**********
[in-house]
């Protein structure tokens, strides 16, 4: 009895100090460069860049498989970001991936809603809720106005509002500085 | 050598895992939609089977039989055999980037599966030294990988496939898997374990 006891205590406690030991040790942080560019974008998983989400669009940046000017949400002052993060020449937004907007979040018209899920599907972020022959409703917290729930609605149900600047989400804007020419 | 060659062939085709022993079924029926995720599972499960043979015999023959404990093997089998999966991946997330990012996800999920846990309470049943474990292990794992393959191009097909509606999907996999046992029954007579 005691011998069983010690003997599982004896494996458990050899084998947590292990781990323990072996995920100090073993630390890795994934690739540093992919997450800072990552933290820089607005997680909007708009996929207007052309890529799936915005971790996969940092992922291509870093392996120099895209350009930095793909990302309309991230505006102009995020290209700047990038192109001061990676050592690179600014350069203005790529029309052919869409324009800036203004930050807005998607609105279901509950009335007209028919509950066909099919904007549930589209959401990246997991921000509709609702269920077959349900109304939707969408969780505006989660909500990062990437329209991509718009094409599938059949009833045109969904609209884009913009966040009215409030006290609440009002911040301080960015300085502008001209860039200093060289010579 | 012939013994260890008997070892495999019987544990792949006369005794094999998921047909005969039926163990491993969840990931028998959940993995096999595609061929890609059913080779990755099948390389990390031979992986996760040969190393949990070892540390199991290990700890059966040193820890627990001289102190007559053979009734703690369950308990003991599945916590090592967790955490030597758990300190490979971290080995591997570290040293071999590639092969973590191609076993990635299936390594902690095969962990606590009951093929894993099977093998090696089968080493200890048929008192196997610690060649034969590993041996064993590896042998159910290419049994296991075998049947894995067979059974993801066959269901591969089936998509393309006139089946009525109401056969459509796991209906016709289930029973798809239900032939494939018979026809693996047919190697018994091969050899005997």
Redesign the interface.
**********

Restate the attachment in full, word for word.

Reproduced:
[in-house]
């Protein structure tokens, strides 16, 4: 009895100090460069860049498989970001991936809603809720106005509002500085 | 050598895992939609089977039989055999980037599966030294990988496939898997374990 006891205590406690030991040790942080560019974008998983989400669009940046000017949400002052993060020449937004907007979040018209899920599907972020022959409703917290729930609605149900600047989400804007020419 | 060659062939085709022993079924029926995720599972499960043979015999023959404990093997089998999966991946997330990012996800999920846990309470049943474990292990794992393959191009097909509606999907996999046992029954007579 005691011998069983010690003997599982004896494996458990050899084998947590292990781990323990072996995920100090073993630390890795994934690739540093992919997450800072990552933290820089607005997680909007708009996929207007052309890529799936915005971790996969940092992922291509870093392996120099895209350009930095793909990302309309991230505006102009995020290209700047990038192109001061990676050592690179600014350069203005790529029309052919869409324009800036203004930050807005998607609105279901509950009335007209028919509950066909099919904007549930589209959401990246997991921000509709609702269920077959349900109304939707969408969780505006989660909500990062990437329209991509718009094409599938059949009833045109969904609209884009913009966040009215409030006290609440009002911040301080960015300085502008001209860039200093060289010579 | 012939013994260890008997070892495999019987544990792949006369005794094999998921047909005969039926163990491993969840990931028998959940993995096999595609061929890609059913080779990755099948390389990390031979992986996760040969190393949990070892540390199991290990700890059966040193820890627990001289102190007559053979009734703690369950308990003991599945916590090592967790955490030597758990300190490979971290080995591997570290040293071999590639092969973590191609076993990635299936390594902690095969962990606590009951093929894993099977093998090696089968080493200890048929008192196997610690060649034969590993041996064993590896042998159910290419049994296991075998049947894995067979059974993801066959269901591969089936998509393309006139089946009525109401056969459509796991209906016709289930029973798809239900032939494939018979026809693996047919190697018994091969050899005997």
Redesign the interface.